Let me start by confessing that I am not a carburetor tuning expert. There are those skilled old timers that can tune a carb by ear and carry spare jets in their pocket. For the rest of us though, there is no need to be intimidated by a carburetor. We recently added a 770 cfm aluminum Holley Truck Avenger on top of the 460 engine and wanted to share how we chose the carb and the fine tuning we performed to make it work great on the trail. Note that we were not as concerned with maximum power potential as we were with crisp throttle response, linear power, and the ability to idle at any angle.
We’ll start with some carburetor basics and how they apply to the 4×4 world. We will focus on four barrel carburetors that are commonly run on V8 engines—if you have a four cylinder or six cylinder you are likely better off with a smaller two barrel carb, but many of the same principles still apply.
In my experiences, a stumble off idle (especially on a new Holley) is caused by the throttle plates being too far open at idle. This causes the transition circuit to be in use at idle. So, as the throttle plates open, the transition circuit doesn’t function, causing a momentary lean mixture and stumble.
This particular carb has gotten a lot of negative feedback amongst off-road enthusiasts and I hope I can dispel a few myths lingering around this carb and explain a few things that are unique about it.
For starters, any carburetor can be suitable for off-roading. This particular carb has easily adjusted floats (all 4150 and 4160 carbs do for that matter) which is essential for controlling flood outs during high angle maneuvering.
This carb has vacuum secondaries which is an essential feature in my opinion for any carb expected to operate well on the street and/or at low rpm.
This carb has a fancy vent crossover tube further enhancing its ability to prevent high angle flooding.
This carb is a 4160 series carb so it doesn’t quite have as many tunable features of a 4150 series carb, however the extra tune-ability is likely unnecessary for an off-road application.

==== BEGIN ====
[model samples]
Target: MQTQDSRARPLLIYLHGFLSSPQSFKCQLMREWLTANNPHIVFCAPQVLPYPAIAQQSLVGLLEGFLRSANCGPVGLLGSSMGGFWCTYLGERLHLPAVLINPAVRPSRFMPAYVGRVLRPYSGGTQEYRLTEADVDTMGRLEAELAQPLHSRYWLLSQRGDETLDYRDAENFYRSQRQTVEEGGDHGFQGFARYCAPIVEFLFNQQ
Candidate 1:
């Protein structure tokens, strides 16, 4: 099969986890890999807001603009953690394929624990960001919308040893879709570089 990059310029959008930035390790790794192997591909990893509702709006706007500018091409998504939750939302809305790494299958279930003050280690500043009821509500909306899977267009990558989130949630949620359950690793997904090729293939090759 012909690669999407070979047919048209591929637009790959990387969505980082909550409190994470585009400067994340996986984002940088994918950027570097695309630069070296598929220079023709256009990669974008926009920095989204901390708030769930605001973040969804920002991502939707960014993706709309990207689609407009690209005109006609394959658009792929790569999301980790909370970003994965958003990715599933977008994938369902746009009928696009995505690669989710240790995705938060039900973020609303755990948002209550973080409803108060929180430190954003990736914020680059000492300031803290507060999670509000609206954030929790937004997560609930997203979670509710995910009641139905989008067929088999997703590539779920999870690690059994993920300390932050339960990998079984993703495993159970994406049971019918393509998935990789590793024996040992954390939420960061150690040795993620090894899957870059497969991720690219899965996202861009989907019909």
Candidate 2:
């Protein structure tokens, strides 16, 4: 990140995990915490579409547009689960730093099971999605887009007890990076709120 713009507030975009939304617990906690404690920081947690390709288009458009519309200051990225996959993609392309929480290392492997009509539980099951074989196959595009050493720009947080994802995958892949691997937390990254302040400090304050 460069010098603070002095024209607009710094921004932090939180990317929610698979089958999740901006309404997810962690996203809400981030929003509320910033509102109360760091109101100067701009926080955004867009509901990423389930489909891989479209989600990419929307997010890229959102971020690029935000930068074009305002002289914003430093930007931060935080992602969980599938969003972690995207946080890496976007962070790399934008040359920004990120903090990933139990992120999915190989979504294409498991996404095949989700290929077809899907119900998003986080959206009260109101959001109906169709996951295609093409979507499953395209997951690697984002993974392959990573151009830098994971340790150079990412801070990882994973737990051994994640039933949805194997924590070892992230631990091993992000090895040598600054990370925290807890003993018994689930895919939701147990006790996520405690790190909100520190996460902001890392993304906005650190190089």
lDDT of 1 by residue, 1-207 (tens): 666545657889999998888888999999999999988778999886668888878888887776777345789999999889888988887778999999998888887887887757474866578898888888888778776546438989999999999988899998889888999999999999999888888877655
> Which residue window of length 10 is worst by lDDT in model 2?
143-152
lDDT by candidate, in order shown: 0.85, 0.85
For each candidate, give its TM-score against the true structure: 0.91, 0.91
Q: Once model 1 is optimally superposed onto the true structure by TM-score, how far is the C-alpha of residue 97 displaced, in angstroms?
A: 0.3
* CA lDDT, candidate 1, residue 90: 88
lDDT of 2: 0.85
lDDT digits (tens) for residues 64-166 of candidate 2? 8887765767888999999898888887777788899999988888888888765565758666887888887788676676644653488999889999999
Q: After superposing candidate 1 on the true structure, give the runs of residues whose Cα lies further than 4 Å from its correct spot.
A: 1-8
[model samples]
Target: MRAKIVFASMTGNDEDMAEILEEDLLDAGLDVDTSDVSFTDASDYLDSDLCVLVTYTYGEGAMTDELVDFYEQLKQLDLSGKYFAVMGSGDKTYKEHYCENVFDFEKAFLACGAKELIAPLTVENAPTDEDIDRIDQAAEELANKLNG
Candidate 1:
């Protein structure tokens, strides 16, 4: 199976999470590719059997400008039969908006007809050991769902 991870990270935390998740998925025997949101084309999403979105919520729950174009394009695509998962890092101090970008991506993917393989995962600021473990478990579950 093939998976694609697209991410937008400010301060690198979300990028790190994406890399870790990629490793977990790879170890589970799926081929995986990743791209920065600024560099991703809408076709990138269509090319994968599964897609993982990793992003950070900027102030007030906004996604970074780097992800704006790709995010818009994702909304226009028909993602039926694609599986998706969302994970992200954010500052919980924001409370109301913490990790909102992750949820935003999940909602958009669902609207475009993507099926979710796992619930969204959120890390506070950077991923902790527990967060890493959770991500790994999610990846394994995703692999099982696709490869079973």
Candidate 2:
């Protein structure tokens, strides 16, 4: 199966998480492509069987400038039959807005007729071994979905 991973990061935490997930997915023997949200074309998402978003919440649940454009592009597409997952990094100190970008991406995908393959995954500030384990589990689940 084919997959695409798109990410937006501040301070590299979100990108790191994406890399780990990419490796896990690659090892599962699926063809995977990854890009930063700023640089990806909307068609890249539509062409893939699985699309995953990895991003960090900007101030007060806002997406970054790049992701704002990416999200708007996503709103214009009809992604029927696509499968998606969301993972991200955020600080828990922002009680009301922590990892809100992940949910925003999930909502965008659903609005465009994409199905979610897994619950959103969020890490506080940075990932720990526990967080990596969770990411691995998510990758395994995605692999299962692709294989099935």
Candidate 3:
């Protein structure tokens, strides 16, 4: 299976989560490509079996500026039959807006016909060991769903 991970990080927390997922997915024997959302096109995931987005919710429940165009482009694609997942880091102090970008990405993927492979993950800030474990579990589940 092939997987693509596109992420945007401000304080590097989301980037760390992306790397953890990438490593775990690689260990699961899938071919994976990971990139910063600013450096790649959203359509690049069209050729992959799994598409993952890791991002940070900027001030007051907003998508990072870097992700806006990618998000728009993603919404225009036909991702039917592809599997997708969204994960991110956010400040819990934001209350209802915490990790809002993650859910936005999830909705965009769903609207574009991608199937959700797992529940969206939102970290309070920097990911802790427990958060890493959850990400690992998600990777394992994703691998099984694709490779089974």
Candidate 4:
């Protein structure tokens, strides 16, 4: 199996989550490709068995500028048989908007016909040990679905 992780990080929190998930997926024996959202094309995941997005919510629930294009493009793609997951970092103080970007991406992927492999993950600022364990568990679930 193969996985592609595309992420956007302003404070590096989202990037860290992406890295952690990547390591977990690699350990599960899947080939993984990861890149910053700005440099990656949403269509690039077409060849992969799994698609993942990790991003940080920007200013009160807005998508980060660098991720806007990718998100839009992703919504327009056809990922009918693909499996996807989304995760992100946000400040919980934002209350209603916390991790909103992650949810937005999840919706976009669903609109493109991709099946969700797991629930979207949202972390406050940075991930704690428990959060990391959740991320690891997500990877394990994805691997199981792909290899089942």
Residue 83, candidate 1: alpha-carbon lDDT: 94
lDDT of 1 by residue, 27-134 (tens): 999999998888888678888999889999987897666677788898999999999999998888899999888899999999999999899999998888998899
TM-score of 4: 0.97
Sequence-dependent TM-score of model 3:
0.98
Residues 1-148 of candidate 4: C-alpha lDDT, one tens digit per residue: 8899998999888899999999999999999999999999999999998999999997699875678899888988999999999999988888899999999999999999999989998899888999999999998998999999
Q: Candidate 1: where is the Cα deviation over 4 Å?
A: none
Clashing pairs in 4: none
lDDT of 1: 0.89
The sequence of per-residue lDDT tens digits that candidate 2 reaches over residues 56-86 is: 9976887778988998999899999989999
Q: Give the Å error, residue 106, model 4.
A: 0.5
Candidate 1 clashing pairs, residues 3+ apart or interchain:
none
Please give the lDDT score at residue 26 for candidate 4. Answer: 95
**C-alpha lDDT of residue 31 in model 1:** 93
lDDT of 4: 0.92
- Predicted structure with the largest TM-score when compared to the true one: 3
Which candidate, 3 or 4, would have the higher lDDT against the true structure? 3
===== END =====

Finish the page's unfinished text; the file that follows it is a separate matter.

This carb has annular boosters in all 4 barrels! This is the big difference. Annular boosters are typically only used in incredibly large racing carburetors for various reasons however when used appropriately they function exceptionally well in low rpm applications. The only significant shortcoming of the overall superior annular booster is it doesn’t work well on hot manifolds. Annular boosters atomize fuel much better than the traditional down-leg and strait-leg boosters.
When an annular booster dumps finely atomized fuel into a hot manifold it boils and vaporizes completely, causing a lean condition and often a lean miss. Sound familiar? Off road vehicles almost always use a “hot manifold.” Hot manifolds can usually be summarized as any low rise manifold. Yes, that includes aftermarket aluminum low rise manifolds. The floor on these manifolds are directly exposed to excessive engine heat and that creeps into the floor of the plenum boiling up all of the annular booster’s finely atomized fuel.
Drop and strait leg boosters don’t atomize the fuel as finely and will in turn cool the hot manifold and vaporization of fuel is minimized.
Summation: annular booster carbs do make for all around better performance in any application when installed on a cold intake manifold (think air gap). Drop and strait leg booster carbs don’t atomize fuel as effectively however when combined with a hot manifold (think performer) they produce great results just the same.
I have installed Holley truck avenger last year. Install was a snap adjusted the floats no problem. So much better then what I was running. However it has seemed to go to the rich side on mixture and after reading about the hot manifold issue I believe this is my issue. I think the fuel is hot before it gets to the carb as my fuel line is on the inside of my frame rail and runs next to my exhaust and headers. What is my best chance to resolve this issues. I’m running a manual fuel pump with stock 302 that is older and say for several years before I bought the truck. Any suggestions are appreciated.